University of Cambridge > > Darwin College Humanities and Social Sciences Seminars > Illness, gods and healing in Greek-ruled Egypt, 332-30 BC

Illness, gods and healing in Greek-ruled Egypt, 332-30 BC

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In the ancient world individuals often approached the gods for assistance and advice in cases of illness, which might itself be explained by the actions of deities or demons. Egypt in the third to first centuries BC was ruled by the Greek-Macedonian successors of Alexander the Great, the Ptolemaic dynasty, while Greek-speakers dominated the upper levels of the administration and settled within Egypt in large numbers. This paper explores the ways in which individuals of different ethnic, cultural and linguistic backgrounds sought healing from the gods. In particular it examines healing at several major temples, and investigates the advice, oracles, dreams, and cures often thought to have been provided at such sites.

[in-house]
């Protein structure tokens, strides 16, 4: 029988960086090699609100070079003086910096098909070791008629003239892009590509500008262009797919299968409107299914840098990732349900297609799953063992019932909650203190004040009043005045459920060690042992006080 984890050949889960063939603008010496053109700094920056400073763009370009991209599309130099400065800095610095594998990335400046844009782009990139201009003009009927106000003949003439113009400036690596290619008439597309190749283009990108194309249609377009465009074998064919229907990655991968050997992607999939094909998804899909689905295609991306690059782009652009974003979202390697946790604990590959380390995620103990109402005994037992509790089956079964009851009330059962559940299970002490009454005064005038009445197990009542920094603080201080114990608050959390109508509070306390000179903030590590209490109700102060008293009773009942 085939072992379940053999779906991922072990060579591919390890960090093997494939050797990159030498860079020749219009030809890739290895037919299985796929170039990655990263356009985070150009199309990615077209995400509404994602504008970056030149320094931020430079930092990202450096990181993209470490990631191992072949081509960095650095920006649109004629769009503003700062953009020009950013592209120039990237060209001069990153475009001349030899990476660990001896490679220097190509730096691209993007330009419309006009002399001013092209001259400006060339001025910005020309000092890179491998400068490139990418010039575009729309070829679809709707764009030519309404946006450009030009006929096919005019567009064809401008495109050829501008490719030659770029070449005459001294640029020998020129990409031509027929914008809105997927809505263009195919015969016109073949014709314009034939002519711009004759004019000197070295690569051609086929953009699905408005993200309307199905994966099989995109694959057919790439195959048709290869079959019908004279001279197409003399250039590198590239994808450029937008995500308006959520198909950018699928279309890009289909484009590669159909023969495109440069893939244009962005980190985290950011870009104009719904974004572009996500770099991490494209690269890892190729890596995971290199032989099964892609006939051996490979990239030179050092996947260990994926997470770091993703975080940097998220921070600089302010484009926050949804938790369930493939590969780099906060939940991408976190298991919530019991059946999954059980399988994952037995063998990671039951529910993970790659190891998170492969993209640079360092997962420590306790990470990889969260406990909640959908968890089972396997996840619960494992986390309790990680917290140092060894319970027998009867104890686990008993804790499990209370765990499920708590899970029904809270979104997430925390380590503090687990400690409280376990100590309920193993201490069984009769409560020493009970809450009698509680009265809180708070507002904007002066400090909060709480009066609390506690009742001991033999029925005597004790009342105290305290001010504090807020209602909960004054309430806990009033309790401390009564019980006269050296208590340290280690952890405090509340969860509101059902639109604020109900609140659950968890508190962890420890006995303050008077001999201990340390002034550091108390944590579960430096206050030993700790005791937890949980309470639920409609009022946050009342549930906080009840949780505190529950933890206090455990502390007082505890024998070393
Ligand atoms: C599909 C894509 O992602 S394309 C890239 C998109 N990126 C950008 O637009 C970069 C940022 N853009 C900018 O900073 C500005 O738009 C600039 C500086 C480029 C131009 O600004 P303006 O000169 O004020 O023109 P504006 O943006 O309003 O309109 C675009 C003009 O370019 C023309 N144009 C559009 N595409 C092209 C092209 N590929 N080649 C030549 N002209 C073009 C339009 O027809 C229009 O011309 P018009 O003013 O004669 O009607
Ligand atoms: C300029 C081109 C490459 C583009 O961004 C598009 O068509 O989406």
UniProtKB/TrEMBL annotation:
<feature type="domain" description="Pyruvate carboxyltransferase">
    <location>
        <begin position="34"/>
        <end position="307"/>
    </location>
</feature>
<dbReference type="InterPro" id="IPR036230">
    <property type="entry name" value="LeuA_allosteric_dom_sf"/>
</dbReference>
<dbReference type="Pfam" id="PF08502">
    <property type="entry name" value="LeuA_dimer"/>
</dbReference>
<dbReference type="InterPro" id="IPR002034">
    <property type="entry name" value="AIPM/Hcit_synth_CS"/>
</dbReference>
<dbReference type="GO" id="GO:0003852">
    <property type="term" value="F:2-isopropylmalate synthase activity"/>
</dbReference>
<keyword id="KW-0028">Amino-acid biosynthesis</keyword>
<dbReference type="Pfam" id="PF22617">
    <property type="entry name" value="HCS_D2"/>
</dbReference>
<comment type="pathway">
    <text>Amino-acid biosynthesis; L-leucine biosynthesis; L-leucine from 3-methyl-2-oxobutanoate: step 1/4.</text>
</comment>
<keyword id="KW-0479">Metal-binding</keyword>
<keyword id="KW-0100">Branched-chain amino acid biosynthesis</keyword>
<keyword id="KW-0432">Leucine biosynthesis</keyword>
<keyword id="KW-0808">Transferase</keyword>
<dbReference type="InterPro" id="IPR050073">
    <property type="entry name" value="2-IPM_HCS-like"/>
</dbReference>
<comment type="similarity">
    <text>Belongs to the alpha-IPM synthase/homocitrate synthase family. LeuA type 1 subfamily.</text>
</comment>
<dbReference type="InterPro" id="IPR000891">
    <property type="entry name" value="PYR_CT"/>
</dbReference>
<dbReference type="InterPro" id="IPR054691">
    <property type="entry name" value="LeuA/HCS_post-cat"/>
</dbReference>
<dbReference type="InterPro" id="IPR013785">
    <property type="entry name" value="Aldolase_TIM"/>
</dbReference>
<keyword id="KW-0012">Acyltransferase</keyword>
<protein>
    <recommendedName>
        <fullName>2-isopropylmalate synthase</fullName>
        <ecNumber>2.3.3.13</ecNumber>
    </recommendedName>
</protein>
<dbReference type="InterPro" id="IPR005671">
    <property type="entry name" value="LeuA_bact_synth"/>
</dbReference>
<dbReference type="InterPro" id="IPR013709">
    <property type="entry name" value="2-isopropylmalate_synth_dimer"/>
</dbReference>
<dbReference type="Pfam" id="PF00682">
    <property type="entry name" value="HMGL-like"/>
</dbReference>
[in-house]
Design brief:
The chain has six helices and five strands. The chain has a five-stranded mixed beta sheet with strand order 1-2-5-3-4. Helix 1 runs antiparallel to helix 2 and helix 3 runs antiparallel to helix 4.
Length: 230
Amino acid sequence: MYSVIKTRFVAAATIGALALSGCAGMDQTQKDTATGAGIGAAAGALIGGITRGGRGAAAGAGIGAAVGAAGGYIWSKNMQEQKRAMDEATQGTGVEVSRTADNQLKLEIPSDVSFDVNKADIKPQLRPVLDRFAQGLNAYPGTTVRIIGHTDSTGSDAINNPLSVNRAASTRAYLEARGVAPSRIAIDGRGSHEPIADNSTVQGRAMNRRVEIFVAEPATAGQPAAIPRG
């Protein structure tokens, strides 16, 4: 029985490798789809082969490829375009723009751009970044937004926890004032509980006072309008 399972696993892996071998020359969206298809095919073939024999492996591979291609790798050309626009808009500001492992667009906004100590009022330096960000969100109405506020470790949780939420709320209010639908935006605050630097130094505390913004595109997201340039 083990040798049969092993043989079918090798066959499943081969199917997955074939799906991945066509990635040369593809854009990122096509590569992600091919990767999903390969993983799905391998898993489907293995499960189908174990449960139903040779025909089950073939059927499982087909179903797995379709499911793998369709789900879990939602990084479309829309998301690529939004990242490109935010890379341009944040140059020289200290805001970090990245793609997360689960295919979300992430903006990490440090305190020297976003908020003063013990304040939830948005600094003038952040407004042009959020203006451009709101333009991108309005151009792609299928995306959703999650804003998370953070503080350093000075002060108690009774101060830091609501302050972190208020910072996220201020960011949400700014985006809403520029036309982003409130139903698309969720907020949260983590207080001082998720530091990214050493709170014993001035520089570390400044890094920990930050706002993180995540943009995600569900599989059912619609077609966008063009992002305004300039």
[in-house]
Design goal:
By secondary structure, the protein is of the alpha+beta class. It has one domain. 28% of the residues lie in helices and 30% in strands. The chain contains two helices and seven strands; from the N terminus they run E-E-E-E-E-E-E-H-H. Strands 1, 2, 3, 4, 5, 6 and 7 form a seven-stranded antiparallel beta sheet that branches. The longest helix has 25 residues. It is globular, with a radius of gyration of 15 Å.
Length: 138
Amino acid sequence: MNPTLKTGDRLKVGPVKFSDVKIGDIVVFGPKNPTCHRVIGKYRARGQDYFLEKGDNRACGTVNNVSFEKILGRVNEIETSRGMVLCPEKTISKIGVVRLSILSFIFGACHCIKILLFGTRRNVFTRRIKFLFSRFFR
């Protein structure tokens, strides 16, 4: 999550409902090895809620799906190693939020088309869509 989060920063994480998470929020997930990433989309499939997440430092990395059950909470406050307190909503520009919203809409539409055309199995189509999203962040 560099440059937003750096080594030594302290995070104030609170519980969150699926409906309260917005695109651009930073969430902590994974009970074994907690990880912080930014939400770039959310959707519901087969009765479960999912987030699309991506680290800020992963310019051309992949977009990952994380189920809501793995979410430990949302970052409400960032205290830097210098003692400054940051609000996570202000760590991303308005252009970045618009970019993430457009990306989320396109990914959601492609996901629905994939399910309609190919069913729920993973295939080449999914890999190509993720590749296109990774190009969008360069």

This talk is part of the Darwin College Humanities and Social Sciences Seminars series.

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